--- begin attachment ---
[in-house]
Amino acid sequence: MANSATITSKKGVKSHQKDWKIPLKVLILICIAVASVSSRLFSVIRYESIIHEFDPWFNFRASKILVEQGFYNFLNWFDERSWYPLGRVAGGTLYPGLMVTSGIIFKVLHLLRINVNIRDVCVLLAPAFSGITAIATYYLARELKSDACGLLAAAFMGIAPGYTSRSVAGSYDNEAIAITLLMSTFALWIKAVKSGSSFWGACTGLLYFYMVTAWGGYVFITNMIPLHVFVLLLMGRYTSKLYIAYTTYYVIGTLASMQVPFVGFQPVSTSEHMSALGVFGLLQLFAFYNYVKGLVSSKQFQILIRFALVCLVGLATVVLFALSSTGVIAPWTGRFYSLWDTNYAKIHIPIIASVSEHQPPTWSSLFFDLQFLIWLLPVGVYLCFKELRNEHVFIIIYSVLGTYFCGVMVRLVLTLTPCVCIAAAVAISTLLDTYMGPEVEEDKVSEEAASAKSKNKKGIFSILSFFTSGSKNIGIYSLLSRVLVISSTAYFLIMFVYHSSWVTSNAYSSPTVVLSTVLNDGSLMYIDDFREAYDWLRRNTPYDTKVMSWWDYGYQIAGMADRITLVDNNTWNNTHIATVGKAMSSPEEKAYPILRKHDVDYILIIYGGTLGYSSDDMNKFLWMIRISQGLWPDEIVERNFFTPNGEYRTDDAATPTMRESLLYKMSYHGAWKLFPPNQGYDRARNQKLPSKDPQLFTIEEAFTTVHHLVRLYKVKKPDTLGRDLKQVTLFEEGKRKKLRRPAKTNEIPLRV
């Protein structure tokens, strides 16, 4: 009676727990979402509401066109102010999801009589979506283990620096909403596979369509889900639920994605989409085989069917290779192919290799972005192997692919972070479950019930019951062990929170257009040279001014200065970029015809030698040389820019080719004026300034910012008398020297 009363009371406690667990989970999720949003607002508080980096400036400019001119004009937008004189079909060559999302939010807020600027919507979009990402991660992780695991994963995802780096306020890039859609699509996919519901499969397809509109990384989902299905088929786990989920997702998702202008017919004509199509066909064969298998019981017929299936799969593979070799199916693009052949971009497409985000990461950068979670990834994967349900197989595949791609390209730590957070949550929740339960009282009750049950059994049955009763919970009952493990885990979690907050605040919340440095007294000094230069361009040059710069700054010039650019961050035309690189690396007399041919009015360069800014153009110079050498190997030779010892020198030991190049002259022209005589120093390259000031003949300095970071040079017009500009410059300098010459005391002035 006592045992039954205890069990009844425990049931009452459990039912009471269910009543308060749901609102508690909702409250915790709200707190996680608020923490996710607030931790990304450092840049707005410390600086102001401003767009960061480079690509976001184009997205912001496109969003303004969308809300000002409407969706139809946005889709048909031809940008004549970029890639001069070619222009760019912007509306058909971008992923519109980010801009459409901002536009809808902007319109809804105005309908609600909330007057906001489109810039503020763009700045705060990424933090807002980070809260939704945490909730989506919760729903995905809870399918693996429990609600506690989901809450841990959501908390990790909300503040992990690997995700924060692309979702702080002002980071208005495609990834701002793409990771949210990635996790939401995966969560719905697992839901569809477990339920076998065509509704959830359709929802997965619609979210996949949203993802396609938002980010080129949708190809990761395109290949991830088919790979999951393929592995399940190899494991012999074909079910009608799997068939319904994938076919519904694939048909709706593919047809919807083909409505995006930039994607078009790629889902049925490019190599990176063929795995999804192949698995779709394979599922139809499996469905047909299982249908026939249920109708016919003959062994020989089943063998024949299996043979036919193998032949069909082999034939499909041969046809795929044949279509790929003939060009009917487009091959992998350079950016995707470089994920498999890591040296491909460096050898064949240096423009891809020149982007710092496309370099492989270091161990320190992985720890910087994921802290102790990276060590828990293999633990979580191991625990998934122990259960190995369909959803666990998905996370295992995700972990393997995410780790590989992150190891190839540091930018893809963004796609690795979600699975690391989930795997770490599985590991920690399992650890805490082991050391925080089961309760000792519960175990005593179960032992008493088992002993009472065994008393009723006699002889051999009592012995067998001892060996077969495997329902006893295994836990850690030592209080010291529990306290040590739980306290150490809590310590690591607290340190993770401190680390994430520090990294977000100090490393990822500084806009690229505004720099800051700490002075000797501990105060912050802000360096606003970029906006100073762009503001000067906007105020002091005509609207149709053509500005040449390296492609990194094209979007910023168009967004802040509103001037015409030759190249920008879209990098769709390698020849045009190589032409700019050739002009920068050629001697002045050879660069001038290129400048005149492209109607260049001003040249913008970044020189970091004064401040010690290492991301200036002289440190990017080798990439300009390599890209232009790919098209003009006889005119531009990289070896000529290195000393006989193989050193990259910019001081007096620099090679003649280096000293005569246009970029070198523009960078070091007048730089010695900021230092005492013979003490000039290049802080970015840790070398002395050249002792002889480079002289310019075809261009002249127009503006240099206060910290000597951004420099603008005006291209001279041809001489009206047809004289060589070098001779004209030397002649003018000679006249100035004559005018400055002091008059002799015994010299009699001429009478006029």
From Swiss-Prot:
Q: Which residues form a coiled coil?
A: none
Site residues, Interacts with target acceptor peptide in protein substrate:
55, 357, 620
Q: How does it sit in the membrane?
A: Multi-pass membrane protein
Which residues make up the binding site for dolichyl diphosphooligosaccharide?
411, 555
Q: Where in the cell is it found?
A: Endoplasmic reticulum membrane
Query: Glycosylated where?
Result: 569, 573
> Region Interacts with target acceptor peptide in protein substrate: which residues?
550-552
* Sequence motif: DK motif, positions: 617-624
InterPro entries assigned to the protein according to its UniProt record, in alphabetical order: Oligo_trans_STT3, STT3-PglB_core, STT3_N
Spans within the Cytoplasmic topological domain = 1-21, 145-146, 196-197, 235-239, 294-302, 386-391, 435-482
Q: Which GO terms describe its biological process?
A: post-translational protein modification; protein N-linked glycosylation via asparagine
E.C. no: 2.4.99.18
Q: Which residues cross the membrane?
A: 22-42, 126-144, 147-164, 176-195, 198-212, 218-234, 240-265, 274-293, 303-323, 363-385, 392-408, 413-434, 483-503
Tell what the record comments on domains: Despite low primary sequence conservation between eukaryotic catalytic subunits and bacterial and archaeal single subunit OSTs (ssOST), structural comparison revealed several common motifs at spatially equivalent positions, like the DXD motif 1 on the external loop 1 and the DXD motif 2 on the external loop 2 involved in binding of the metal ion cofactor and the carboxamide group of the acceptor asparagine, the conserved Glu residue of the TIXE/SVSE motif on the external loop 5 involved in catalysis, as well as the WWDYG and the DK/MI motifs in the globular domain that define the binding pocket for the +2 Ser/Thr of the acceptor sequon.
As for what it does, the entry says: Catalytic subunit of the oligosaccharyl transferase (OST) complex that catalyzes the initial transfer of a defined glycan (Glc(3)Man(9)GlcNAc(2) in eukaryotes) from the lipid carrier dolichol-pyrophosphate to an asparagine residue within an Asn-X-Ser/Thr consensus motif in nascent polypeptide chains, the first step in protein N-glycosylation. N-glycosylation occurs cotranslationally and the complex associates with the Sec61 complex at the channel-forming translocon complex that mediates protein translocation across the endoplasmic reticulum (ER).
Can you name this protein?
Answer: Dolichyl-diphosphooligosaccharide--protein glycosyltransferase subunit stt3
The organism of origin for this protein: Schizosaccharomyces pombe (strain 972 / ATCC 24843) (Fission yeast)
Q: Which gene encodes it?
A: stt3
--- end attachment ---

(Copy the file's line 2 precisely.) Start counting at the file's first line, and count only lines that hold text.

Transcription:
Amino acid sequence: MANSATITSKKGVKSHQKDWKIPLKVLILICIAVASVSSRLFSVIRYESIIHEFDPWFNFRASKILVEQGFYNFLNWFDERSWYPLGRVAGGTLYPGLMVTSGIIFKVLHLLRINVNIRDVCVLLAPAFSGITAIATYYLARELKSDACGLLAAAFMGIAPGYTSRSVAGSYDNEAIAITLLMSTFALWIKAVKSGSSFWGACTGLLYFYMVTAWGGYVFITNMIPLHVFVLLLMGRYTSKLYIAYTTYYVIGTLASMQVPFVGFQPVSTSEHMSALGVFGLLQLFAFYNYVKGLVSSKQFQILIRFALVCLVGLATVVLFALSSTGVIAPWTGRFYSLWDTNYAKIHIPIIASVSEHQPPTWSSLFFDLQFLIWLLPVGVYLCFKELRNEHVFIIIYSVLGTYFCGVMVRLVLTLTPCVCIAAAVAISTLLDTYMGPEVEEDKVSEEAASAKSKNKKGIFSILSFFTSGSKNIGIYSLLSRVLVISSTAYFLIMFVYHSSWVTSNAYSSPTVVLSTVLNDGSLMYIDDFREAYDWLRRNTPYDTKVMSWWDYGYQIAGMADRITLVDNNTWNNTHIATVGKAMSSPEEKAYPILRKHDVDYILIIYGGTLGYSSDDMNKFLWMIRISQGLWPDEIVERNFFTPNGEYRTDDAATPTMRESLLYKMSYHGAWKLFPPNQGYDRARNQKLPSKDPQLFTIEEAFTTVHHLVRLYKVKKPDTLGRDLKQVTLFEEGKRKKLRRPAKTNEIPLRV